Just because there's a pandemic doesn't mean you can't share gossip, drink and dance with your co-workers
We’ve all been told that the holidays are going to be different this year. And that applies to that annual event, the office holiday party, which this year is going virtual. Just because there’s a pandemic doesn’t mean you can’t gossip, drink, flirt and even dance with your co-workers.
“Office parties often get a bad rap,” says Billy Lake, an event host at HELM Life, which helps organize events for offices, corporations and families.
“You spend every weekday with this group of people and then suddenly you’re asked to eat and drink with them on this night as well?” he says, laughing. “But this year feels different. Most people are really excited to see and connect with their colleagues. In some instances they haven’t seen each other since March.”
HELM helps tailor events for groups of between six and 200. These include everyone from an extended family with generations spread across the country to staff at a big downtown office. One of their recent requests was to plan a pet party for a company whose workers wanted to show off their quarantine pets to each other.
Most HELM parties use the Zoom platform, but Lake says there’s another application suitable for larger parties called Hopin.
“Hopin creates that office party environment better,” he says. “It gives you the ability to move freely from room to room. You can be watching an illusionist in one room and then decide you want to catch up with a co-worker, and go and find them in another.”
No office party would be complete without drinks. Lake says some HELM parties include a mixologist who gives demonstrations to the revellers. Sometimes, everyone at the party will have received the ingredients for a signature cocktail beforehand.
Jennifer Armel is the director of marketing and communications at the Behar Group Realty Inc., a Toronto real estate brokerage firm. She’s put together packages containing a bottle of Prosecco and other personalized gifts that will be delivered to each of Behar’s 35 employees before their one-hour virtual party on December 17.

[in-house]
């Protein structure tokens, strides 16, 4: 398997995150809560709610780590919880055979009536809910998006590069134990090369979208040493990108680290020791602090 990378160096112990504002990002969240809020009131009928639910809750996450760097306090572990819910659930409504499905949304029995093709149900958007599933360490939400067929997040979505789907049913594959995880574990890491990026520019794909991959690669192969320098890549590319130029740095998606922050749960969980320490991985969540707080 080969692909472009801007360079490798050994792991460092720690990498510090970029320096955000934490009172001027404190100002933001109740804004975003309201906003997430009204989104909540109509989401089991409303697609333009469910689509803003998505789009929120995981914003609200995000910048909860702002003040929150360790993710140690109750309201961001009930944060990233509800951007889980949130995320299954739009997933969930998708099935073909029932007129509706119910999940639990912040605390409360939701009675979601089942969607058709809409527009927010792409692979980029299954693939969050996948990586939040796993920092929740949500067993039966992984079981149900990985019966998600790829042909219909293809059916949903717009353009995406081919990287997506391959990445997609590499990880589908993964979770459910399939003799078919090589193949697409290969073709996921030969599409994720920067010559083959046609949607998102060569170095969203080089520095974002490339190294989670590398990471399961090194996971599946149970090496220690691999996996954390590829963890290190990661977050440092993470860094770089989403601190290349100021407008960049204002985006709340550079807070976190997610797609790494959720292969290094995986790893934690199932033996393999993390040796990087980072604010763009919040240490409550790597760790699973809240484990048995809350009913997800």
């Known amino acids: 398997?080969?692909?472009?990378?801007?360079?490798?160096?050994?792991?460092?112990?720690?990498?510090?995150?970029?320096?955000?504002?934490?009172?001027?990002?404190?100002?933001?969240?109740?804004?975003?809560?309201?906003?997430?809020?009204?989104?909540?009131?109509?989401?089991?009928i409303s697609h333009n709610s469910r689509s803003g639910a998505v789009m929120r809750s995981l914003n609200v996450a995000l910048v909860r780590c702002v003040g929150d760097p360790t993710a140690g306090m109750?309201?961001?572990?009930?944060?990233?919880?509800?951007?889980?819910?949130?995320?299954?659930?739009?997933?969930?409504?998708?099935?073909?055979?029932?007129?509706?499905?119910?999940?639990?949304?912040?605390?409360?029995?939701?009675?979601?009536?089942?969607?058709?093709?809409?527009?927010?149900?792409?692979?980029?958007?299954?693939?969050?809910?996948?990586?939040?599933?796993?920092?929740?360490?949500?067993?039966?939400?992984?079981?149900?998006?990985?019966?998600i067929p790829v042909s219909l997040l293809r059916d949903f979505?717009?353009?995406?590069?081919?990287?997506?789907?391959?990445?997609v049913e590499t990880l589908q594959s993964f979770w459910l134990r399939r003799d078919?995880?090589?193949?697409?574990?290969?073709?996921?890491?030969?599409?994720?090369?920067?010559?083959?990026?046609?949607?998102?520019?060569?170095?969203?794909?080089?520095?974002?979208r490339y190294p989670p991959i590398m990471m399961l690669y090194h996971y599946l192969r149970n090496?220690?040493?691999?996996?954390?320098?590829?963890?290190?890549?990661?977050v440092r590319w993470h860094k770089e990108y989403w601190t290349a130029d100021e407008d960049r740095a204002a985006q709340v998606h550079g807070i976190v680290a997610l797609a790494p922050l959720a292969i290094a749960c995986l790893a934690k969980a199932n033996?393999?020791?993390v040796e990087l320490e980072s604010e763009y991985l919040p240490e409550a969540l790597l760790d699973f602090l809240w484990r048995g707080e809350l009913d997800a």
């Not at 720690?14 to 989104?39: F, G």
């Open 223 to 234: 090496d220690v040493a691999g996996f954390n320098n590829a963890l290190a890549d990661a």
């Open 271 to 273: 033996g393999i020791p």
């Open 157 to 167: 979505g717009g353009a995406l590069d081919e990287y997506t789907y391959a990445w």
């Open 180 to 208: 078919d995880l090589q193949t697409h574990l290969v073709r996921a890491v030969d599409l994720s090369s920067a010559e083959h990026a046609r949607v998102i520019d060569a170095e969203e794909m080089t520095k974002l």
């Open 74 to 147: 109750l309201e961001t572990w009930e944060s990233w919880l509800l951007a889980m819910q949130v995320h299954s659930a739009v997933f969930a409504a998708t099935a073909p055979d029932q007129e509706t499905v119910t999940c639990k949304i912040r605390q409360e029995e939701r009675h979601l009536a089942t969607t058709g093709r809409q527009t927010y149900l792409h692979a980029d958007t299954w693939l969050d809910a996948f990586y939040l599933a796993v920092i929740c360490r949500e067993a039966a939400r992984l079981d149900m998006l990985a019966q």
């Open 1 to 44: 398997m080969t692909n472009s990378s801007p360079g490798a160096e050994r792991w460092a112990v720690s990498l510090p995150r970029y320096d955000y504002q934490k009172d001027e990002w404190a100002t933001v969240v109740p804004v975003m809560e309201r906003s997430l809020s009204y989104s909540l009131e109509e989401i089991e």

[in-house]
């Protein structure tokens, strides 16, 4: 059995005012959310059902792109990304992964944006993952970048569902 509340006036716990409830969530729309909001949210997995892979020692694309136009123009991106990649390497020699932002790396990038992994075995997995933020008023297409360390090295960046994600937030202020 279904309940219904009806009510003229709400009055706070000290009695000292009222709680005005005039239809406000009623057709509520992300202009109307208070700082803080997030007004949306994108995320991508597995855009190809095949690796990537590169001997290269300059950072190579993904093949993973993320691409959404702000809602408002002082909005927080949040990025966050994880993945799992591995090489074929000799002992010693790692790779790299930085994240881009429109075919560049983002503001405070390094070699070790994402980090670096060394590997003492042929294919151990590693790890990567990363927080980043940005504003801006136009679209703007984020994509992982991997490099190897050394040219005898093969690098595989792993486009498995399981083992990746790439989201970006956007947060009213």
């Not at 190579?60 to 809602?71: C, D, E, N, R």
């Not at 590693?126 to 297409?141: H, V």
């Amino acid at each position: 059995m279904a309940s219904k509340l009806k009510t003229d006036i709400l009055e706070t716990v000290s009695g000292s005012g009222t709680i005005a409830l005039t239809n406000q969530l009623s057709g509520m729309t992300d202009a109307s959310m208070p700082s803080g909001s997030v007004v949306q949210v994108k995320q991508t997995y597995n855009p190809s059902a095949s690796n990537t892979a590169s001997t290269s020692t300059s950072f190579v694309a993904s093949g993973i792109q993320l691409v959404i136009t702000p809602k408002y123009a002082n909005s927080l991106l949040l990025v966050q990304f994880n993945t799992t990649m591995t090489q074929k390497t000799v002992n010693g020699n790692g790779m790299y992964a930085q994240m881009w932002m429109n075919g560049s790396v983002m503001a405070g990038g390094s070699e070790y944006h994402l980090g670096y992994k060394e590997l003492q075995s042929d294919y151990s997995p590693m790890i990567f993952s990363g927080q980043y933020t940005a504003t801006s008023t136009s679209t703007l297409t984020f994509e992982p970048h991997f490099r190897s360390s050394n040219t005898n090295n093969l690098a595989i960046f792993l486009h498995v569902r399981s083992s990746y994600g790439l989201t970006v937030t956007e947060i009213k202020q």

“That way, everyone can open their bottle before the CEO and president make a toast,” explains Armel.
And speaking of toasts, Lake recommends using Zoom’s spotlight function, which makes the speaker’s screen bigger and mutes everyone else so you don’t get unnecessary background noise.
Games and competitions are a fun way to separate the virtual holiday party from your typical Zoom meeting. At the beginning of her party, Armel is hosting a trivia game, with questions about the history of the company, which goes back to the early 90s, as well as general holiday ones.
One of HELM’s most popular games are escape rooms, in which every person playing uses their particular skills to help solve a puzzle.
“Because everyone’s been working from home, there’s a lack of connection, a lack of feeling like a team,” says Lake. “The escape rooms are 100 per cent collaborative. If everyone doesn’t participate, it won’t work. You get to see everyone bring their own set of skills to the game.”
The company creates thematic escape rooms. For Halloween, they came up with an abandoned hotel room theme; before Diwali, they produced a Diwali-themed game that was both educational and fun.
“And for the holidays, there’s an escape room called The Gift Giving Debacle, and another one called Mystery At The Cabin. More are in the works.”
Local indie theatre company Outside the March has even got into the holiday entertainment game by tweaking ideas from their experiential shows The Tape Escape and The Ministry Of Mundane Mysteries to virtual parties.
“We have our actors improvise a story incorporating participants’ real-life mundane mysteries, and along the way the workplace team solves puzzles, plays games and gets to know each other better,” explains Rosamund Small, OtM’s artistic associate. “We’re mixing the game-ified elements with theatre and storytelling.”
Bigger companies might also hire a DJ to play during the virtual office holiday party. That doesn’t mean you can’t talk to people, however. If you don’t want to dance, you can find a colleague and head to a breakout room for a one-on-one.
The Behar Group’s Armel, who normally books a restaurant for her office’s holiday parties, says it’s important to create a feeling of fun and familiarity. She’s encouraging people to wear an ugly holiday sweater or something comfortable, or to show off a fireplace in the background or holiday food.
With that in mind, she helped compile a special company cookbook.
“About a month ago, I asked employees to contribute a holiday recipe or some dish that’s been in their family for years,” says Armel. “There are recipes for pecan bars, latkes, other desserts. And I’ve put together a book we’ll present before the party.”
While the virtual office holiday party is never going to be the same as the real thing, there are some unexpected benefits.
“At the end of the night, when the party’s over, you’re already in your house,” says Lake. “There’s no cab, no car pooling. You know everyone got home safely.”